Stop the bleeding


Minden’s urgent care clinic was forced to close its doors Jan. 15 – the first time since going full-time Oct. 3.

They are operating with one full-time nurse practitioner and they need two. The Kawartha North Family Health Team is continuing to attempt to recruit another. In the meantime, they are doing their best to juggle their part-timers’ schedules.

HHHS, meanwhile, is still not where it wants to be with staffing. It is spending a lot of time scheduling, and a lot of money, on locum physicians for the ER. These are people who come to cover shifts but don’t stick around.

And while HHHS has reduced its dependency on agency nursing – they still recruited and paid for 59, 12-hour shifts in December.

It’s time-consuming and costly – but more importantly – it means patients are not being seen or not being seen as timely as they could be.
The KNFHT runs a pretty tight ship and there is no doubt new management at HHHS is cleaning up dodge.

So, it’s time the provincial government stepped up to the plate. Past time.

While Doug Ford’s Conservatives are busy fiddling – moving Service Ontario outlets into Staples’ stores and planning the closures of others (we don’t have Staples and Service Ontario has been targeted here in the past) – the health care system is burning.

They have been presented with numerous solutions from various fronts.

Part of the reason a family doctor might not want to move to Haliburton County is the workload. If we are telling candidates about a work-life balance in the beautiful Highlands, then we have to offer it. So, how about getting two doctors for the price of one and allowing part-time work. In the case of older physicians perhaps seeking a lifestyle change, this could work in the County. Put in your three days and then spend four at the cottage. The province can change this with a stroke of a pen.

The government could get rid of the line it has drawn between southern and northern Ontario, and treat regional and rural communities in the near north – places like us – as underserviced areas. Bump up our numbers of required physicians.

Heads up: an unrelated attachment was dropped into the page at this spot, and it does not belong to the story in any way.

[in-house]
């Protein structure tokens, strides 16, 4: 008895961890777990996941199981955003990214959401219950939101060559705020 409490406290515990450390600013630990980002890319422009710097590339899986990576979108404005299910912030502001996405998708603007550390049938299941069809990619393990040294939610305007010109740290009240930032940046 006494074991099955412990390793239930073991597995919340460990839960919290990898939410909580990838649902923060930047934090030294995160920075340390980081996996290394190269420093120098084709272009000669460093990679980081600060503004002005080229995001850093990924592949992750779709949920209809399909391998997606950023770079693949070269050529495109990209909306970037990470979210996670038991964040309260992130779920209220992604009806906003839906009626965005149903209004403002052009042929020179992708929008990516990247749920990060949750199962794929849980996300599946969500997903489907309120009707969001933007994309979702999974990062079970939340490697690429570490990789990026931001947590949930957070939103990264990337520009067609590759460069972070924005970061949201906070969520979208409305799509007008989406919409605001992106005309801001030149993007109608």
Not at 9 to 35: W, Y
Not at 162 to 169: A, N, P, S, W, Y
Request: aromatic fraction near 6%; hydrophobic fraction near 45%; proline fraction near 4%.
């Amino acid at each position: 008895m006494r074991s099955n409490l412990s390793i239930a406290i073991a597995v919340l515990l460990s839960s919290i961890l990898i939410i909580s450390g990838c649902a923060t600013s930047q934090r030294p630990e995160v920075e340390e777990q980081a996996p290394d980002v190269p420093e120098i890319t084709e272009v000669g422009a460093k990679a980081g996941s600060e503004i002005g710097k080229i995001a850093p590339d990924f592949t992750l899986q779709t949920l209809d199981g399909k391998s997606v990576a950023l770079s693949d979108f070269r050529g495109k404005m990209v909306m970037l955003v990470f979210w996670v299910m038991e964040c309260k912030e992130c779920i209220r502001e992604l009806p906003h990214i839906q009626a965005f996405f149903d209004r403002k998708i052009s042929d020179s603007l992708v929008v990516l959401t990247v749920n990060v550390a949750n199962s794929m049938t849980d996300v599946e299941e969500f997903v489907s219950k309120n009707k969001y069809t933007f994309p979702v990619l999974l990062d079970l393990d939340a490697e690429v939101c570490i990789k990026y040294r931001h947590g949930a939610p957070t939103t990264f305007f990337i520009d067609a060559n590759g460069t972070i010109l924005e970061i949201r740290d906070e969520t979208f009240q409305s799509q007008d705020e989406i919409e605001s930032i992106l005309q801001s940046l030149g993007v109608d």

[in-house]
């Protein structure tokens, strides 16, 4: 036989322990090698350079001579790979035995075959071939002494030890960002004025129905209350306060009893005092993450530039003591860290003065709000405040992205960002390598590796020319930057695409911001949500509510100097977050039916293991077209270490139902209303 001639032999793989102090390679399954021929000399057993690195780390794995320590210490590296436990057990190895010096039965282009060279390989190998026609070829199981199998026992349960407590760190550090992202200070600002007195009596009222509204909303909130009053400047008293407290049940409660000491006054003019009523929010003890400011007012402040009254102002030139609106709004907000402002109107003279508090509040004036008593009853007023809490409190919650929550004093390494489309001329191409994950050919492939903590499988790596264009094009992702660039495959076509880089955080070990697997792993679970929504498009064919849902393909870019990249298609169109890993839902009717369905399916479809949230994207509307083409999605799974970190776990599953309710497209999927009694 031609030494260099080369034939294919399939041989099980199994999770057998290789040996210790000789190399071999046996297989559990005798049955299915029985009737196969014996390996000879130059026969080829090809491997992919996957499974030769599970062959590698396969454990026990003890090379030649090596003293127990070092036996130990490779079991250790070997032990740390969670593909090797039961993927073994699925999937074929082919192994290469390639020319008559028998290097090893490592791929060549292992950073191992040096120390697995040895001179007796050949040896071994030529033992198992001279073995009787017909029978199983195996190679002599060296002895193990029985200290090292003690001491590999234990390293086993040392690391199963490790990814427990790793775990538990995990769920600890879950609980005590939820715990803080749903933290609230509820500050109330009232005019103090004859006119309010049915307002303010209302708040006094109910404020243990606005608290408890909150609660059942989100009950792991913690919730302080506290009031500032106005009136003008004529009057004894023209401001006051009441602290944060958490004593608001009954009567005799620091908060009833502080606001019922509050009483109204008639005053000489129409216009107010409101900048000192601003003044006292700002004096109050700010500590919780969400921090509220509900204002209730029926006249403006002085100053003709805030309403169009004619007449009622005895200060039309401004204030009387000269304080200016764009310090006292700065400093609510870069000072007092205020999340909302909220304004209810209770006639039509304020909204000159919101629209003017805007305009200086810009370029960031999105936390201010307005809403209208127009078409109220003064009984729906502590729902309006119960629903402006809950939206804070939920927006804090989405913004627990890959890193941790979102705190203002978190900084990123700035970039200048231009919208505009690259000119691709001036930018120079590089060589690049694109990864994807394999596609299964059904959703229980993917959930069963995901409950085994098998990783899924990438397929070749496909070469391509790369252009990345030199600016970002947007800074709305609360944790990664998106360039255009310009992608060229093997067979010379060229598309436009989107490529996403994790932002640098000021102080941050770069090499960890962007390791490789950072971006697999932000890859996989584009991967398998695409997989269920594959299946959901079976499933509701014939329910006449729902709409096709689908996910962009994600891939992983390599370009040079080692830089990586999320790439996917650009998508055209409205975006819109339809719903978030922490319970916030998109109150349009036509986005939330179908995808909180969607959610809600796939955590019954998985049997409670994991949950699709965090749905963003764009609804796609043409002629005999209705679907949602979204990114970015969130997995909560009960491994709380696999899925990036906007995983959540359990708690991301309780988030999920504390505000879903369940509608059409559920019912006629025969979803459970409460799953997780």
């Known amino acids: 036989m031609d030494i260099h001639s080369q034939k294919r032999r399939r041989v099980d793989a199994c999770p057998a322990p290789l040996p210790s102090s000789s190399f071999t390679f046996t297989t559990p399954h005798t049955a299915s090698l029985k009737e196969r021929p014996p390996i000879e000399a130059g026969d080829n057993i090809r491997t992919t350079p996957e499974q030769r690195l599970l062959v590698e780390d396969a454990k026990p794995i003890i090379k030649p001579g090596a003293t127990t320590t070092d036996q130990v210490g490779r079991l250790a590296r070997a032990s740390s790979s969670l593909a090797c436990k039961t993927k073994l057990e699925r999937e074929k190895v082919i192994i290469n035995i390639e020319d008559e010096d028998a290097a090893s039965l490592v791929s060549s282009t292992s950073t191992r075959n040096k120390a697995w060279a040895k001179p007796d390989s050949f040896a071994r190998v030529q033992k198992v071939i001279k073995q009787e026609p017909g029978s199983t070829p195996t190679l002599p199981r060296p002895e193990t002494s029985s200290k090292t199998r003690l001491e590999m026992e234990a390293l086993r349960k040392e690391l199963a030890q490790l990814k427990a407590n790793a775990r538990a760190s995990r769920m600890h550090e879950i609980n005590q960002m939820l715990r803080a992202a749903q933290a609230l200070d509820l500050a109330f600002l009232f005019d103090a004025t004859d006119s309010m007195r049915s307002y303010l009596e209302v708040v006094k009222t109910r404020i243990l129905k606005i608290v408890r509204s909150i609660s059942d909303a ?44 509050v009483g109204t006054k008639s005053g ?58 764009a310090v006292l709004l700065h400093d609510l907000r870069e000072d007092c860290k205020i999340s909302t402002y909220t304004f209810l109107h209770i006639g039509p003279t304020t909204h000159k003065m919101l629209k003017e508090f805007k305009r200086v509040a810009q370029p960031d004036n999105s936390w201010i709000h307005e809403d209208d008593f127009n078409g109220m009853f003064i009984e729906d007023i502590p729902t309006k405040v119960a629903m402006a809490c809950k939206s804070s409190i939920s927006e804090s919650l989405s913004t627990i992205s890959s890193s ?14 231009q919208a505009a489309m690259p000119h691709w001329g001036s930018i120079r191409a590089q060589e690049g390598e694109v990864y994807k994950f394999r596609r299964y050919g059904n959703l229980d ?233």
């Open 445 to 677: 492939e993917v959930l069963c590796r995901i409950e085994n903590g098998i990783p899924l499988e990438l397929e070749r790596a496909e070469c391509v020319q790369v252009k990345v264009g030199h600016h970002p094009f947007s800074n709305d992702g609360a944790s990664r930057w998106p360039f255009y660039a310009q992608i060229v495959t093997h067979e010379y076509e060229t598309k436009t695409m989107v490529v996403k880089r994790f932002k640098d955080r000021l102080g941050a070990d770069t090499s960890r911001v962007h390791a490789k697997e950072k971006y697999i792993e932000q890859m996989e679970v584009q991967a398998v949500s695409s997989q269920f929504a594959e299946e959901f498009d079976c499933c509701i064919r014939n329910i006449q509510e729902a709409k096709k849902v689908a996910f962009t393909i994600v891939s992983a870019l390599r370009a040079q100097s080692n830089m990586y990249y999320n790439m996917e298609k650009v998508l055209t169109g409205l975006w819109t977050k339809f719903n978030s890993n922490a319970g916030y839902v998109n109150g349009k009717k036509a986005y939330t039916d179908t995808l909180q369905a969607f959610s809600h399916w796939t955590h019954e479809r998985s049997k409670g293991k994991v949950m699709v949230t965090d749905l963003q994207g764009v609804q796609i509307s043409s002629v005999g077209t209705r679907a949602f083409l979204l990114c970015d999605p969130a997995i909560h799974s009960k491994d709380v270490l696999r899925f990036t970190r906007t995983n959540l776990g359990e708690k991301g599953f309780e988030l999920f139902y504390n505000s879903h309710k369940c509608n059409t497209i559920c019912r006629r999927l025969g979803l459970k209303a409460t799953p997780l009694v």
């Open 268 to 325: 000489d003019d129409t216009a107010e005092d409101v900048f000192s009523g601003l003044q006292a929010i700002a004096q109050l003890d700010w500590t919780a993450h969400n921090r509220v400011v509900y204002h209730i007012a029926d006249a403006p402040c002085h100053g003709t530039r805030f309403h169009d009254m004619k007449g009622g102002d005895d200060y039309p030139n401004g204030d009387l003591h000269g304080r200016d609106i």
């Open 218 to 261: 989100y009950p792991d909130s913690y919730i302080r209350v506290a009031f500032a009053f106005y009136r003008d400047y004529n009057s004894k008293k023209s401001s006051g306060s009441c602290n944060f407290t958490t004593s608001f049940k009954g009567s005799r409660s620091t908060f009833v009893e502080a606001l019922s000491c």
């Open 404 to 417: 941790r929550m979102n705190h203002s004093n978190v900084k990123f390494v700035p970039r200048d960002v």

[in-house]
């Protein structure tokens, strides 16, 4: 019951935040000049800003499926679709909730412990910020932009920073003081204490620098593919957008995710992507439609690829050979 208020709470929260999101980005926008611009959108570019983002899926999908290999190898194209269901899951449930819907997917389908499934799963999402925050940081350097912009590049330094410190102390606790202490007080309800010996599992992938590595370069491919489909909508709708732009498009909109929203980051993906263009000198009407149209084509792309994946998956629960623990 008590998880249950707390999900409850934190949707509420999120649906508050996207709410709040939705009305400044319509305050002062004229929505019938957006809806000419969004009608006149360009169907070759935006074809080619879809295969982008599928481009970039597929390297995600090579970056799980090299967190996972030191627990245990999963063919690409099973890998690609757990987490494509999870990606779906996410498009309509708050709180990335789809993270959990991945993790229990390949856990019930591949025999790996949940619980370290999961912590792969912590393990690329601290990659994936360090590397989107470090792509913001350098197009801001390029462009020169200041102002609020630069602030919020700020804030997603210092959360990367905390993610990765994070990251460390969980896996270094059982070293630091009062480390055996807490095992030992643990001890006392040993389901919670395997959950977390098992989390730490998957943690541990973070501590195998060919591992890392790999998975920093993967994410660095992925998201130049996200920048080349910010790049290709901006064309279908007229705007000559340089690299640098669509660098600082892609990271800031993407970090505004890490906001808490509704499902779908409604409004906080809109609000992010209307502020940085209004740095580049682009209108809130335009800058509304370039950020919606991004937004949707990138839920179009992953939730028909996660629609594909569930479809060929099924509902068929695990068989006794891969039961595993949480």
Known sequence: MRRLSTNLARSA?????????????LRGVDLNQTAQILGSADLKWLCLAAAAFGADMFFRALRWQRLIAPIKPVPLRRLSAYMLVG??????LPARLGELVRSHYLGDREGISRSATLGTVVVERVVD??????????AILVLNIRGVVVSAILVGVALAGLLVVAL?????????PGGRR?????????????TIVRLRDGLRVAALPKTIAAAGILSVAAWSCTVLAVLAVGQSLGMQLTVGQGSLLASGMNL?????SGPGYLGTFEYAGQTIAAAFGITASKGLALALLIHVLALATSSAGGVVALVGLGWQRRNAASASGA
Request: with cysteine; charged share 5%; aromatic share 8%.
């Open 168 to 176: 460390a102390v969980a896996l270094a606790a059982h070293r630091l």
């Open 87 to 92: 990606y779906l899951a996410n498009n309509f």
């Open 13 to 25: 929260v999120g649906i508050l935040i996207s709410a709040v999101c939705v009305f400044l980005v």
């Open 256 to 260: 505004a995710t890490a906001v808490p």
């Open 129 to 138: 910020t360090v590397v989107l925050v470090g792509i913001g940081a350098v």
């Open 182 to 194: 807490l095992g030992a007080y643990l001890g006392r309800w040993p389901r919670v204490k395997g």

Increase the number of medical students in the province. Ontario has announced it is adding 160 undergrad seats and 295 postgrad positions to medical schools over the next five years, 71 for up north. That number could increase.

Physicians and chiefs of staff have plenty of ideas if the Ontario government would only listen.

I can understand how a new physician might be overwhelmed when faced with a patient suffering from a condition they have no experience with, and no specialist on-site. Why not provide rural and remote ER doctors with real-time virtual access to specialists?

How about funding for travel and accommodations for medical residents to take elective rotations in rural communities such as ours. It should not be the County that is responsible for housing these folks.

Some have suggested that when a locum travels to regions, they should be required to bring a resident physician from their home institution.

Another suggestion, this one for the College of Physicians and Surgeons of Ontario, is that they need to make it easier to license international medical school grads who want to work in rural and remote areas.

And there should absolutely be more incentives and return-of-service obligations to bring physicians to places such as Haliburton County.
The crisis is not going away. It is time for the Ford government to stop the bleeding.